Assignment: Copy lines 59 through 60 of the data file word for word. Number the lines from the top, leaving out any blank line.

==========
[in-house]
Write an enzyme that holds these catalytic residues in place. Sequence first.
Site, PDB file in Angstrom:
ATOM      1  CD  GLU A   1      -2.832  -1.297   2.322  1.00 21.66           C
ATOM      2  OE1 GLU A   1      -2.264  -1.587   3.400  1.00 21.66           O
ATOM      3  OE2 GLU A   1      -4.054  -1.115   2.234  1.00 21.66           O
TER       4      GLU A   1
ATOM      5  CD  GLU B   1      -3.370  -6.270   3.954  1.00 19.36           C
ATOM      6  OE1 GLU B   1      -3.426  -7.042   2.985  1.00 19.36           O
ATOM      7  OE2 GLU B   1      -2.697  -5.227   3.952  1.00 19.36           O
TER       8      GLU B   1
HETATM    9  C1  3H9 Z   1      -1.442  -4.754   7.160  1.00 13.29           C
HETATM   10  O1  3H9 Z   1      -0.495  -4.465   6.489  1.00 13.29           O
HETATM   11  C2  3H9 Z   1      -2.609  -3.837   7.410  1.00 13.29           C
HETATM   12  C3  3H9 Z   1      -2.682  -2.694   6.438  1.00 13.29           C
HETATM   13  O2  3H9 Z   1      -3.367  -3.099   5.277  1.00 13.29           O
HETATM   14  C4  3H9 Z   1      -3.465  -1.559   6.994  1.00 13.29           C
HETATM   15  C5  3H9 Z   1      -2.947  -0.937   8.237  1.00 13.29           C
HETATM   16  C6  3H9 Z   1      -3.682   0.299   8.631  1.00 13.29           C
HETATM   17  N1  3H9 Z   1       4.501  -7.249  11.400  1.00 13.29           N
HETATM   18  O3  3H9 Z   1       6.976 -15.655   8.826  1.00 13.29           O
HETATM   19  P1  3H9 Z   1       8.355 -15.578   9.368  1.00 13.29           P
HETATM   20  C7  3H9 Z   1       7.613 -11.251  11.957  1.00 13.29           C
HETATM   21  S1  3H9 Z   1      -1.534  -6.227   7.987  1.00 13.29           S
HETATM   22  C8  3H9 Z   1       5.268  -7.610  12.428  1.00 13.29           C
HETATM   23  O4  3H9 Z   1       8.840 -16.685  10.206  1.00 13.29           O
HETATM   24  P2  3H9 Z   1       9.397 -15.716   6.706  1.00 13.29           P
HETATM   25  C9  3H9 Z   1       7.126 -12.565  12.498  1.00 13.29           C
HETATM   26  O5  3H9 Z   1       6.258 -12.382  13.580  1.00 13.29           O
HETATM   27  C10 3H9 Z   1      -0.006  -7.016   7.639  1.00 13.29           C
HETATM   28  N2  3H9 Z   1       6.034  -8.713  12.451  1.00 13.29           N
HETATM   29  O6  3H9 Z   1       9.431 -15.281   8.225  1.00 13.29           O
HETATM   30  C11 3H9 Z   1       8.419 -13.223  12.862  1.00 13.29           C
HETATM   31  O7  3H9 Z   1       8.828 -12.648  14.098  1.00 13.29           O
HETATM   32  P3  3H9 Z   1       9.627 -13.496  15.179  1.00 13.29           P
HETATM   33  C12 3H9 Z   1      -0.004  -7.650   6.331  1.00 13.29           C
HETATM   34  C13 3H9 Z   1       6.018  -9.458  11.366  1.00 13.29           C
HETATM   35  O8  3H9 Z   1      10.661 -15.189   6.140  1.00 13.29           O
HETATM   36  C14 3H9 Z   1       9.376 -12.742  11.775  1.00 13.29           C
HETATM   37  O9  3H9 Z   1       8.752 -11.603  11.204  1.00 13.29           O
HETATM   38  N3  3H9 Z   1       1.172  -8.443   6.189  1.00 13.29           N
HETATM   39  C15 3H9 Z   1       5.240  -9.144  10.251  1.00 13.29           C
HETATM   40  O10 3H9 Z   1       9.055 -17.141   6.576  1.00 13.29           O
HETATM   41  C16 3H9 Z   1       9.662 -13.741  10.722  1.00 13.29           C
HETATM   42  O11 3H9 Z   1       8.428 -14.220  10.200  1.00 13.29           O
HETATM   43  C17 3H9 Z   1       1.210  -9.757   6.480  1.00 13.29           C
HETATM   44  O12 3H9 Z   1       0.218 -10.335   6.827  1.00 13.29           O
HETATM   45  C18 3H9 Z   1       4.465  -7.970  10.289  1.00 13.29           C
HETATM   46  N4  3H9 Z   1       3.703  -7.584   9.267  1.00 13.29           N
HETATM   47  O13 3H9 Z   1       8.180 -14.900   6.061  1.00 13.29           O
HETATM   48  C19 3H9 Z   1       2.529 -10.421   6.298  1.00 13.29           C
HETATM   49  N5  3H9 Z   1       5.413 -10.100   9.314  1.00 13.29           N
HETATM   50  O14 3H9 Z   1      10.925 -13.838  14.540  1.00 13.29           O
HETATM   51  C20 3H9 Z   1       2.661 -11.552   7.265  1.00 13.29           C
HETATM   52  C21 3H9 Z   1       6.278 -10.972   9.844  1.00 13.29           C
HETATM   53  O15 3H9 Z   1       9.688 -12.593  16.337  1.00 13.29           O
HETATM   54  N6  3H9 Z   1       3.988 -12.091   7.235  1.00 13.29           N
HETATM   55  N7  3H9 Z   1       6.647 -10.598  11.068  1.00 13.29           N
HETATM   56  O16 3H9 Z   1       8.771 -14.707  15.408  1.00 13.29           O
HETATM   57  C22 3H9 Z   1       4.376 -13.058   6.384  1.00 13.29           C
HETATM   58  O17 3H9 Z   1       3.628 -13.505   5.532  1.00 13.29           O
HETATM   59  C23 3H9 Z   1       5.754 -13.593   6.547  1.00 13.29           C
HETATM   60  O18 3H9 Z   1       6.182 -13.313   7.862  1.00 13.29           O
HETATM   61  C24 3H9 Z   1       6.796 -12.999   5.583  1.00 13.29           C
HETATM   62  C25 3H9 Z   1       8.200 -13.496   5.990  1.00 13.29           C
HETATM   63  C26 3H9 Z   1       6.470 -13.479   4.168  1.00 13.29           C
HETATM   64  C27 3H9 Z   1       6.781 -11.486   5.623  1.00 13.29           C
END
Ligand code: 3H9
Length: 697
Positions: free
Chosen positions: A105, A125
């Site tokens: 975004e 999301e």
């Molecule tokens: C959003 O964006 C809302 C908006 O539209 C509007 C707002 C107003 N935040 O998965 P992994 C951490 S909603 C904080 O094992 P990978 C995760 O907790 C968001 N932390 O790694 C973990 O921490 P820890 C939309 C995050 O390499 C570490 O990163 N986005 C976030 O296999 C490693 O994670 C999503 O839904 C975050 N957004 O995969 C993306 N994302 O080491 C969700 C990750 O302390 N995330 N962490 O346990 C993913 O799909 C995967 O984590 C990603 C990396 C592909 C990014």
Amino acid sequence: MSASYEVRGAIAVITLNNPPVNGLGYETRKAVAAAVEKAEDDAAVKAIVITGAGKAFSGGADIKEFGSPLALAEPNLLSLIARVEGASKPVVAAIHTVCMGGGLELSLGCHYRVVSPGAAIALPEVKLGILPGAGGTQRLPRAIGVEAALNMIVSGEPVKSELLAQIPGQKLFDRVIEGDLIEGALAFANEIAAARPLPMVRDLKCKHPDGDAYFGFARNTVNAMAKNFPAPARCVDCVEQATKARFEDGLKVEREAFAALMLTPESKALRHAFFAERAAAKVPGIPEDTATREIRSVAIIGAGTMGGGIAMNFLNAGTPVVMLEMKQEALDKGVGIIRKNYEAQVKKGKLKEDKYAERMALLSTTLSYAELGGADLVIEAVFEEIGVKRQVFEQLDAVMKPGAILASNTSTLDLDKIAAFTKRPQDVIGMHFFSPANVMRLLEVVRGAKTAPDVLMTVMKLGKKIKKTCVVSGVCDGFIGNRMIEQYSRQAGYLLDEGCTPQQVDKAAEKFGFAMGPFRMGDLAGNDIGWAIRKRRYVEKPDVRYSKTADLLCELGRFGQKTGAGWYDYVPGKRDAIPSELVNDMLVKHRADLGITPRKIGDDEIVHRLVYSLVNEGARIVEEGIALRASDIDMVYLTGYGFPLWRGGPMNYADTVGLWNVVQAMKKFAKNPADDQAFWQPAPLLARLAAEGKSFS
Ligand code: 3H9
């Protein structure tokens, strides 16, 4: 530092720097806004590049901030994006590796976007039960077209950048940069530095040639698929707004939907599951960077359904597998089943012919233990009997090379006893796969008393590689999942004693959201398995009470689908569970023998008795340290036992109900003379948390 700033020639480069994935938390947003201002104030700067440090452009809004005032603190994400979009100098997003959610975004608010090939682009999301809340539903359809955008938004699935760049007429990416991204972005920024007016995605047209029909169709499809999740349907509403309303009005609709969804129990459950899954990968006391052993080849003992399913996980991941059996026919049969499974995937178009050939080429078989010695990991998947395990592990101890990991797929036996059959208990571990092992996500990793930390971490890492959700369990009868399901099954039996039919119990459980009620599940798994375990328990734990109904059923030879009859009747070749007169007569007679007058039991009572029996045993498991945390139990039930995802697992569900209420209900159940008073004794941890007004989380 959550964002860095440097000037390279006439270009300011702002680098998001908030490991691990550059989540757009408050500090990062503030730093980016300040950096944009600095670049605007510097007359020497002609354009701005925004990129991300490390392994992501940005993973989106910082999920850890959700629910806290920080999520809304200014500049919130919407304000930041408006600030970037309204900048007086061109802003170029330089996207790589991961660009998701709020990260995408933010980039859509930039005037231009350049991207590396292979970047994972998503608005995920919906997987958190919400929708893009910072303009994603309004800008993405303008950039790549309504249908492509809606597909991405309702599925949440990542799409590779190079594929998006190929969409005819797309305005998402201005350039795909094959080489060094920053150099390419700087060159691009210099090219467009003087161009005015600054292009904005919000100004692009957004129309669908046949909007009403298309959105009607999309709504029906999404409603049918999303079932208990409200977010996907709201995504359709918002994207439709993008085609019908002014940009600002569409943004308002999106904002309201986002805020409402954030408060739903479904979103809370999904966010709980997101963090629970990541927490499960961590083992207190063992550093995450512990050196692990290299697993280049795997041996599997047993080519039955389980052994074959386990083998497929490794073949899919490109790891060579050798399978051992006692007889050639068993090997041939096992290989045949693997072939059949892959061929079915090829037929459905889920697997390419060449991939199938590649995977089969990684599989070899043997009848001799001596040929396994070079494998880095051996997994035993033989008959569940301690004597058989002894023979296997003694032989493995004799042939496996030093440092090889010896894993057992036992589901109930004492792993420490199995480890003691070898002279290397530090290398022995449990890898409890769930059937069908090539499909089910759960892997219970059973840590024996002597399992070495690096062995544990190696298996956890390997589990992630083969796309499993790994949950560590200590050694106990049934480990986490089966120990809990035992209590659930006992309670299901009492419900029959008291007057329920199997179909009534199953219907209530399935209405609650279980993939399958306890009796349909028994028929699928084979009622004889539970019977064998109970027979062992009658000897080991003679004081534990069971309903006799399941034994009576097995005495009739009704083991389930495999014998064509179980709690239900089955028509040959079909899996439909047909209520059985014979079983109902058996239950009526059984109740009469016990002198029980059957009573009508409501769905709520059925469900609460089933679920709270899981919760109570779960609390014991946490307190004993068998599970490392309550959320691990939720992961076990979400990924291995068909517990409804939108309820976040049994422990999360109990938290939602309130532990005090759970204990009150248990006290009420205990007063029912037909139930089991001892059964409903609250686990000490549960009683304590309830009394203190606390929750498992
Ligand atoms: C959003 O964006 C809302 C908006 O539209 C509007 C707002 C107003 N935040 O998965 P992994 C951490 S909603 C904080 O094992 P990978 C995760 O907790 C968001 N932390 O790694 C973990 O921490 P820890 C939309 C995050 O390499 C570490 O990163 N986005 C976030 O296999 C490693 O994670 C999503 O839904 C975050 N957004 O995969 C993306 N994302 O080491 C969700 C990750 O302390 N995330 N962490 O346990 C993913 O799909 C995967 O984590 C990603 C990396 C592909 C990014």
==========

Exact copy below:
HETATM   56  O16 3H9 Z   1       8.771 -14.707  15.408  1.00 13.29           O
HETATM   57  C22 3H9 Z   1       4.376 -13.058   6.384  1.00 13.29           C